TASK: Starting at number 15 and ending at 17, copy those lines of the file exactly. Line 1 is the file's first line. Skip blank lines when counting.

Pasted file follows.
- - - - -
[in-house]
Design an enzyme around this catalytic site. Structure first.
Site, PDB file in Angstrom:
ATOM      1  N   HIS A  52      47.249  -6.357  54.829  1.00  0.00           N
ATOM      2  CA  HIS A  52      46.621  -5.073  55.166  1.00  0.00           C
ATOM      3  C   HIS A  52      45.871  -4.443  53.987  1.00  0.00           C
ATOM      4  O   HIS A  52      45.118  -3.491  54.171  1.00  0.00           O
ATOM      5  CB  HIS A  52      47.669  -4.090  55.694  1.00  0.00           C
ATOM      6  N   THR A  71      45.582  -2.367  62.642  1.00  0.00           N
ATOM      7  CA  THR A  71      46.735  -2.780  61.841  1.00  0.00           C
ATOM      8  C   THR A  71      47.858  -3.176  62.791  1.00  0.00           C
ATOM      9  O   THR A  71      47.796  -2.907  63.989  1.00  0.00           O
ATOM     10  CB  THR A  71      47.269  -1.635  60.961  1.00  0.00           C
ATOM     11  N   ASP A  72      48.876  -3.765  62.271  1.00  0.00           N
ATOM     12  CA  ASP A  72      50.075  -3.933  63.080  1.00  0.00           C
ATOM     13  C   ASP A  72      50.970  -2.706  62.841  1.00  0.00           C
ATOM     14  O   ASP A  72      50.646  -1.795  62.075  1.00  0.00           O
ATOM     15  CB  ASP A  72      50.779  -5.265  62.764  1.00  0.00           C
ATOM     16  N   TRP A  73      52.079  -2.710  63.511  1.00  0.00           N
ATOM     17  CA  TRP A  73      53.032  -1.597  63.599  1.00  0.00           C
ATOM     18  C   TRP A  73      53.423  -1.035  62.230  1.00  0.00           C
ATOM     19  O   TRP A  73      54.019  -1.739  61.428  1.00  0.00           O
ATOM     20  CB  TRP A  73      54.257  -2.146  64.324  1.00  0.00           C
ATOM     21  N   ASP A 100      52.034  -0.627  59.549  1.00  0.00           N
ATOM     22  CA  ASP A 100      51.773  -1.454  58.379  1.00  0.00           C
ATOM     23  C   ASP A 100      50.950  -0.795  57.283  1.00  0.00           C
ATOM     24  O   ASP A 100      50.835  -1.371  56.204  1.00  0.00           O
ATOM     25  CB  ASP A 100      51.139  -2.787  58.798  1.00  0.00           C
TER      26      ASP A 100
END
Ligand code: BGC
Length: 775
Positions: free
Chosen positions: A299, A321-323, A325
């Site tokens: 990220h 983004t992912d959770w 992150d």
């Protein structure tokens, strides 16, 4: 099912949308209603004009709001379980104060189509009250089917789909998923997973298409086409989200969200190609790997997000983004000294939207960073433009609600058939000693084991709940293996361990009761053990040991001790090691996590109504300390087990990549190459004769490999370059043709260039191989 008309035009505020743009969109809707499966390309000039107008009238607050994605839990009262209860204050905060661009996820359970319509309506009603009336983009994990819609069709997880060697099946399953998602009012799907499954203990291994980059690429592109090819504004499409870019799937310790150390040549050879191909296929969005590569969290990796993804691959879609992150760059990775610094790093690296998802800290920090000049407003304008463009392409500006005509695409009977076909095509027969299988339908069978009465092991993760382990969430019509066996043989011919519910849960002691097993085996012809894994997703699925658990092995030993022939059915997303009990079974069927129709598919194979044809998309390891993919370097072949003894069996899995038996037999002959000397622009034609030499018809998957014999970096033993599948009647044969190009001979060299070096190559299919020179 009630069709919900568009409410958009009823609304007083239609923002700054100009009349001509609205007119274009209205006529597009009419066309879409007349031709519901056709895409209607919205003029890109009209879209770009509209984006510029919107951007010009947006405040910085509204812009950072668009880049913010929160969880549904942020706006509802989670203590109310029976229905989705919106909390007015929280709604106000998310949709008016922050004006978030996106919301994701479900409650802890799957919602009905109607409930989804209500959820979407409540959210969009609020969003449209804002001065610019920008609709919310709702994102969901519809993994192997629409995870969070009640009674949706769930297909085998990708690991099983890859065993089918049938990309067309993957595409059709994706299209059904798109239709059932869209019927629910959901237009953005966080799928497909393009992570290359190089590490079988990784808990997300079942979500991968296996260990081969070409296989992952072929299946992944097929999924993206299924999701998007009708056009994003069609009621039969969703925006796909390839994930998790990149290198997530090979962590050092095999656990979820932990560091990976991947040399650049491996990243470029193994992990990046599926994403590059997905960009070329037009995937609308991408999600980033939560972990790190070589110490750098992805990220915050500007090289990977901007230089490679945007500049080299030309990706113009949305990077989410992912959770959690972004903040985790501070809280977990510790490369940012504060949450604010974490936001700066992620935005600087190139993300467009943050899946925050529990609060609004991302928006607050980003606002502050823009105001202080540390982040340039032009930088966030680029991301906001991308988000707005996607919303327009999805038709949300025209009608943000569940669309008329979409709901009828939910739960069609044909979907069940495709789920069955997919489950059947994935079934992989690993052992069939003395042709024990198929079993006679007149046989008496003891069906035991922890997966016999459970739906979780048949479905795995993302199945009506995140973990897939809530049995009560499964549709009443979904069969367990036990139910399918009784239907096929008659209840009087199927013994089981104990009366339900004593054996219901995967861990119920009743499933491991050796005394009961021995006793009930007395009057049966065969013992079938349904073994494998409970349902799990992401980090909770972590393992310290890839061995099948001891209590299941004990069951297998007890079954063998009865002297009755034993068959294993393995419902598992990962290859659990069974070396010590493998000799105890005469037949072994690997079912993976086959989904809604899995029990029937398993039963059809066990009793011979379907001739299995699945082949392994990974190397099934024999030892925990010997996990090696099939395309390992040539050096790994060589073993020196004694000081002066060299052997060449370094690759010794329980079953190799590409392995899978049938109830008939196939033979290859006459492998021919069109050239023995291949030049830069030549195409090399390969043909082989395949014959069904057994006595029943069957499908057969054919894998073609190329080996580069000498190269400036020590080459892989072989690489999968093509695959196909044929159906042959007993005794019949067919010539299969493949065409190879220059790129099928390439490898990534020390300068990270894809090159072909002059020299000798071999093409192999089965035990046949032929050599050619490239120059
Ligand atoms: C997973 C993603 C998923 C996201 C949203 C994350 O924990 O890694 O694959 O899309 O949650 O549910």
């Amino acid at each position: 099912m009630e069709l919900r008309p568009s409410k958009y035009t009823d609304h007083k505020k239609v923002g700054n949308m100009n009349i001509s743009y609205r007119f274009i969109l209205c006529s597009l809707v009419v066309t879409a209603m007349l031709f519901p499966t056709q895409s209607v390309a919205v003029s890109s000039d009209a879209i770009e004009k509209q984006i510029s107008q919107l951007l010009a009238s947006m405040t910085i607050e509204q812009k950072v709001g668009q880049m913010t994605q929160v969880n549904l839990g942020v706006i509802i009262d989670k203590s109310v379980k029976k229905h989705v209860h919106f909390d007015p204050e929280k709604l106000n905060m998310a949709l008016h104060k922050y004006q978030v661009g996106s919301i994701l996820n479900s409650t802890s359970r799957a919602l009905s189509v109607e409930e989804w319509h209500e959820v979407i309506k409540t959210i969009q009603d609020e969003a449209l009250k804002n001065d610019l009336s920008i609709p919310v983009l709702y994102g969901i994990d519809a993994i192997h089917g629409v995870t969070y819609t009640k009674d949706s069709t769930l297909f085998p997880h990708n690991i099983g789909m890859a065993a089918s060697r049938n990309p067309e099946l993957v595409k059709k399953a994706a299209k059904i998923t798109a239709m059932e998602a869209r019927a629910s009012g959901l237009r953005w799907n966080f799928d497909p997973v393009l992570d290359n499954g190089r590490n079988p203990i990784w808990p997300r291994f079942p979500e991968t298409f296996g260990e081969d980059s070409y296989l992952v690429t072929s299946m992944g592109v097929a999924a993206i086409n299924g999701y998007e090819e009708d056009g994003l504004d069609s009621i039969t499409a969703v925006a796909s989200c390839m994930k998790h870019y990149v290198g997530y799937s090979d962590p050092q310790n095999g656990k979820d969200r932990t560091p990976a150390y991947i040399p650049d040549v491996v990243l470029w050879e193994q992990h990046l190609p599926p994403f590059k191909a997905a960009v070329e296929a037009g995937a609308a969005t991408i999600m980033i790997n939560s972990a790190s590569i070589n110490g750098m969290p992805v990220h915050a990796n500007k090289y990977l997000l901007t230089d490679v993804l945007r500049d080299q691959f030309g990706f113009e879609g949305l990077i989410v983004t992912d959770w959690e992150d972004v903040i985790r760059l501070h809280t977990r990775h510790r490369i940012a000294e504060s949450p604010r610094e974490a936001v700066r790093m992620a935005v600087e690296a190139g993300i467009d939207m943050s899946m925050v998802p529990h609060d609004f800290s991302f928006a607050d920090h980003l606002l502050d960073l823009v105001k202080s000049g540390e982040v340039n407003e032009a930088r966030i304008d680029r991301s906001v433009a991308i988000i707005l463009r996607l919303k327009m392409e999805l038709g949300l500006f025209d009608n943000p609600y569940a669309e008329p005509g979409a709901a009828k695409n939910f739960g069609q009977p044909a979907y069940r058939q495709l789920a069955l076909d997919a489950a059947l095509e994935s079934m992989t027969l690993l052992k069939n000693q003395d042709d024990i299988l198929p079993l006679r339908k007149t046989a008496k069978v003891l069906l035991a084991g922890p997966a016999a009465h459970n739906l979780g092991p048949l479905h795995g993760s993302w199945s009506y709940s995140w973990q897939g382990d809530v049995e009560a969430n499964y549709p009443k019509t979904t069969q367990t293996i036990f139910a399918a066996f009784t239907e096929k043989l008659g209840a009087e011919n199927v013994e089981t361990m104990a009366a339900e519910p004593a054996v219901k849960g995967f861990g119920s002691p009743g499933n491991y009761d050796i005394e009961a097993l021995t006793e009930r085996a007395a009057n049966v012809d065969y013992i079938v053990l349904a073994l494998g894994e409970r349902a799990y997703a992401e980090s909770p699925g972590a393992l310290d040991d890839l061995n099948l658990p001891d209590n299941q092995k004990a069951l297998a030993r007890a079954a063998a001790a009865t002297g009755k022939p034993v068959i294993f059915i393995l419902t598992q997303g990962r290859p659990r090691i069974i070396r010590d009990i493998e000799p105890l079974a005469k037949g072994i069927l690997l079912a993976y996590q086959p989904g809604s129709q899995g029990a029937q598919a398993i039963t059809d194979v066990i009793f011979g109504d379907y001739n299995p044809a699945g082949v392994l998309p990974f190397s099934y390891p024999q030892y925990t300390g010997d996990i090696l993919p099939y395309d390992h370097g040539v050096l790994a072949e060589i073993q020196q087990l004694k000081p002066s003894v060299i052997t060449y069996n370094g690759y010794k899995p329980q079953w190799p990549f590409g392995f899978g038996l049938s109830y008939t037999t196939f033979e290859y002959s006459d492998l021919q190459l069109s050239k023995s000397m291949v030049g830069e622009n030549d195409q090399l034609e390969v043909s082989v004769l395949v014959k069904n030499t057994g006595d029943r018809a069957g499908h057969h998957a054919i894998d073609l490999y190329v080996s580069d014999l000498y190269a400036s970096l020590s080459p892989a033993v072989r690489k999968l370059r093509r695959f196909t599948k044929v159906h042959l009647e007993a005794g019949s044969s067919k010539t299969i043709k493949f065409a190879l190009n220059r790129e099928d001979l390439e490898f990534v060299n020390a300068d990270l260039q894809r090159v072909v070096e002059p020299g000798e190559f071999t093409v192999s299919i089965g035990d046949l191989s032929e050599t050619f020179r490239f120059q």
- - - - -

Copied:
ATOM     12  CA  ASP A  72      50.075  -3.933  63.080  1.00  0.00           C
ATOM     13  C   ASP A  72      50.970  -2.706  62.841  1.00  0.00           C
ATOM     14  O   ASP A  72      50.646  -1.795  62.075  1.00  0.00           O